This post is by way of addendum to Eric Parks' recent article The last exit ramp on the road to unlimited government. I find Eric's post noteworthy not least because it reminds me of how undiscerning and crude people have become in the face of the most blatant violations of justice and the rule of law. The position taken by the Institute for Justice (see Eric's post) is a pleasant exception, deserving wide dissemination.
On a different level, this post on Hayek's thesis that in a politicised society the worst get to the top forms part of the background to Eric's observations.
I like the author's definition of a statist, i.e. a person passionately asking for leadership by the worst:
“Someone who learns nothing from human nature, economics, or experience, and repeats the same mistakes over and over again without a care for the rights and lives of people he crushes with his good intentions.”
Even the worst features of the statist reality, Hayek showed, “are not accidental byproducts” but phenomena that are part and parcel of statism itself. He argued with great insightfulness that “the unscrupulous and uninhibited are likely to be more successful” in any society in which government is seen as the answer to most problems. They are precisely the kind of people who elevate power over persuasion, force over cooperation. Government, possessing by definition a legal and political monopoly of the use of force, attracts them just as surely as dung draws flies. Ultimately, it is the apparatus of government that allows them to wreak their havoc on the rest of us.
It is ironic but perhaps sadly appropriate that Attorney General Eric Holder would choose a law school, Northwestern University, to deliver a speech earlier this month in which he demolished what was left of the rule of law in America.
In what history likely will record as a turning point, Attorney General Holder bluntly explained that this administration believes it has the authority to use lethal force against Americans if the President determines them to be a threat to the nation. He tells us that this is not a violation of the due process requirements of our Constitution because the President himself embodies “due process” as he unilaterally determines who is to be targeted. As Holder said, “a careful and thorough executive branch review of the facts in a case amounts to ‘due process.’” That means that the administration believes it is the President himself who is to be the judge, jury, and executioner.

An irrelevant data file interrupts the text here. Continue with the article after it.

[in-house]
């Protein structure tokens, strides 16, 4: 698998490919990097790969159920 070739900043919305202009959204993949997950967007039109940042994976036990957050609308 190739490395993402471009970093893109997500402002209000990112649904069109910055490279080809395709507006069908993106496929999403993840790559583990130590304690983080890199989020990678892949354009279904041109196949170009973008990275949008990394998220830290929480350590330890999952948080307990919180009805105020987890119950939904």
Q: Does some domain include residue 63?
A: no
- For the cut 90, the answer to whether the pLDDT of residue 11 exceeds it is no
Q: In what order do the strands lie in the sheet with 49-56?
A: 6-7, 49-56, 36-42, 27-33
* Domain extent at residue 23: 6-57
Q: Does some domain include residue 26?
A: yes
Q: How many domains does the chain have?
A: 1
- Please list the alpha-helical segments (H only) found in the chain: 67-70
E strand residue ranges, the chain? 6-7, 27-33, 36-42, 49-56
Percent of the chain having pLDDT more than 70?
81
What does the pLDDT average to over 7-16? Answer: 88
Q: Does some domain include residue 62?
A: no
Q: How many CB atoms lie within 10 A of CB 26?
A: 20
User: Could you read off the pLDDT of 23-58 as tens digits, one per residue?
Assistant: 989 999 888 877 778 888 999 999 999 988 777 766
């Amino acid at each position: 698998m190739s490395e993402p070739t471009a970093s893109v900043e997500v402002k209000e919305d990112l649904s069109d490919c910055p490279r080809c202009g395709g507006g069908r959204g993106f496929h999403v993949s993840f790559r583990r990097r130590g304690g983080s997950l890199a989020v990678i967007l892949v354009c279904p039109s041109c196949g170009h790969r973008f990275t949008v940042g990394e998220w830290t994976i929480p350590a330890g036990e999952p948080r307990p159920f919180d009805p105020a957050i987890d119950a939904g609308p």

As George Washington University Law Professor Jonathan Turley wrote of the Holder speech:
“All the Administration has said is that they closely and faithfully follow their own guidelines — even if their decisions are not subject to judicial review. The fact that they say those guidelines are based on notions of due process is meaningless. They are not a constitutional process of review.”
It is particularly bizarre to hear the logic of the administration claiming the right to target its citizens according to some secret selection process, when we justified our attacks against Iraq and Libya because their leaders supposedly were targeting their own citizens! We also now plan a covert war against Syria for the same reason.
I should make it perfectly clear that I believe any individual who is engaging in violence against this country or its citizens should be brought to justice. But as Attorney General Holder himself points out in the same speech, our civilian courts have a very good track record of trying and convicting individuals involved with terrorism against the United States. Our civilian court system, with the guarantee of real due process, judicial review, and a fair trial, is our strength, not a weakness. It is not an impediment to be sidestepped in the push for convictions or assassinations, but rather a process that guarantees that fundamental right to be considered innocent until proven guilty in a court of law.